‘The Russian FSB has started checks on the facts of leakage of personal information about ‘Salisbury tourists’ Alexander Petrov and Ruslan Boshirov,’ it reported.
This concerns ‘the publication of their personal data forms submitted when applying for foreign passports and other information’.
Separately Russian journalist Sergei Kanev who probed the addresses of names matching the pair also reported that the FSB’s military counter intelligence department, which supervises the GRU, has ‘started pre-investigative checks on a personal data leak for the lovers of Salisbury Cathedral, Ruslan Bashirov and Alexander Petrov.’
Ruslan Boshirov (left) and Alexander Petrov (right) have been accused by British police of being two Russian spies (pictured in their passport photos)
Boshirov (left) and Petrov are pictured grinning in Salisbury on March 4, 2018, the day of the poisoning
He posted today: ‘Hang on a minute, but you were telling us – including Mr Putin – that these guys were ordinary tourists?’
An FSB source claimed the probe- to find the leakers of details of their passport application forms – did not implicate the mysterious pair in being GRU agents.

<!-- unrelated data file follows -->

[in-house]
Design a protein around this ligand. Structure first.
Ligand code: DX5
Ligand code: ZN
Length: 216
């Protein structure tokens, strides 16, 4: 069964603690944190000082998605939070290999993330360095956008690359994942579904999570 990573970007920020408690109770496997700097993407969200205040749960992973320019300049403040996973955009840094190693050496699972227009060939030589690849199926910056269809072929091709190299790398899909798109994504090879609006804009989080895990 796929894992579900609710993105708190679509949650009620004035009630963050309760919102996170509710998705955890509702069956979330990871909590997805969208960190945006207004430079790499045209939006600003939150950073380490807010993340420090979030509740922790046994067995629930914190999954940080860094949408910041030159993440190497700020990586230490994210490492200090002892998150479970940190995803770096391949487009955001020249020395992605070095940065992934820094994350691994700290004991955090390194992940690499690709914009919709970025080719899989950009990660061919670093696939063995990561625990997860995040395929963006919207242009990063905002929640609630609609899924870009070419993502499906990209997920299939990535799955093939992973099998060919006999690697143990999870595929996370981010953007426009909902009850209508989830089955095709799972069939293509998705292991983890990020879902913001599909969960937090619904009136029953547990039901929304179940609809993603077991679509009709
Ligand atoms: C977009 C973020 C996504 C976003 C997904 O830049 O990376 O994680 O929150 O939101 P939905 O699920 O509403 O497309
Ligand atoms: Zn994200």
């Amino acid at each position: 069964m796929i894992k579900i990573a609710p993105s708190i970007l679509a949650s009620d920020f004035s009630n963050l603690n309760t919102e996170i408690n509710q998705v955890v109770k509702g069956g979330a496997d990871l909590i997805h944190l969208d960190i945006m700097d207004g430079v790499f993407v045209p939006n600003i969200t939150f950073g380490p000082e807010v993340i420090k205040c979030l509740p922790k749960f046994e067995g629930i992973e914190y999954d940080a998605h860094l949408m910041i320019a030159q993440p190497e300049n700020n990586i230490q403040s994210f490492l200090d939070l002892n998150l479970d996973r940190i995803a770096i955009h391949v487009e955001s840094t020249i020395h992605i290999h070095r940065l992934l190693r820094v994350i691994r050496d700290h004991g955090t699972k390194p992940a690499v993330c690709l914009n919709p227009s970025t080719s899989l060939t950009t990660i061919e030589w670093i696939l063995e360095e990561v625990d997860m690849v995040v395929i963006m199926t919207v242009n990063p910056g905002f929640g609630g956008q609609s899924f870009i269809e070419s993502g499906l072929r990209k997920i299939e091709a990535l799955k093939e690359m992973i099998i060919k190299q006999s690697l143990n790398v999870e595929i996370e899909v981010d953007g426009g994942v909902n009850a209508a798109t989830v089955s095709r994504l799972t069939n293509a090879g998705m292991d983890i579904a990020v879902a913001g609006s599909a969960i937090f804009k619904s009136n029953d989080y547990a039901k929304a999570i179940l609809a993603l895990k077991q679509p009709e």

A source told Rosbalt: ‘We are not talking about any exposures based on this information.
‘All these are just guesses and fantasies made out of nothing. Any form can be turned “upside down” and the person who filled it may be turned into anybody.’
The FSB was concerned that personal data ‘cannot be open to everybody’.
The source complained of ‘serious incidents’ when data had leaked to Western and Ukrainian secret services.
Internet investigators Bellingcat and news source The Insider Russian originally uncovered passport application data linking the two men to the Russian secret services.
Separately, a leading Russian newspaper claims it was the victim of a bizarre ‘disinformation’ stunt over Boshirov.
Komsomolskaya Pravda (KP) had this month offered a 100,000 rouble – £1,160 – reward for information on the elusive pair who have vanished once more after their TV appearance.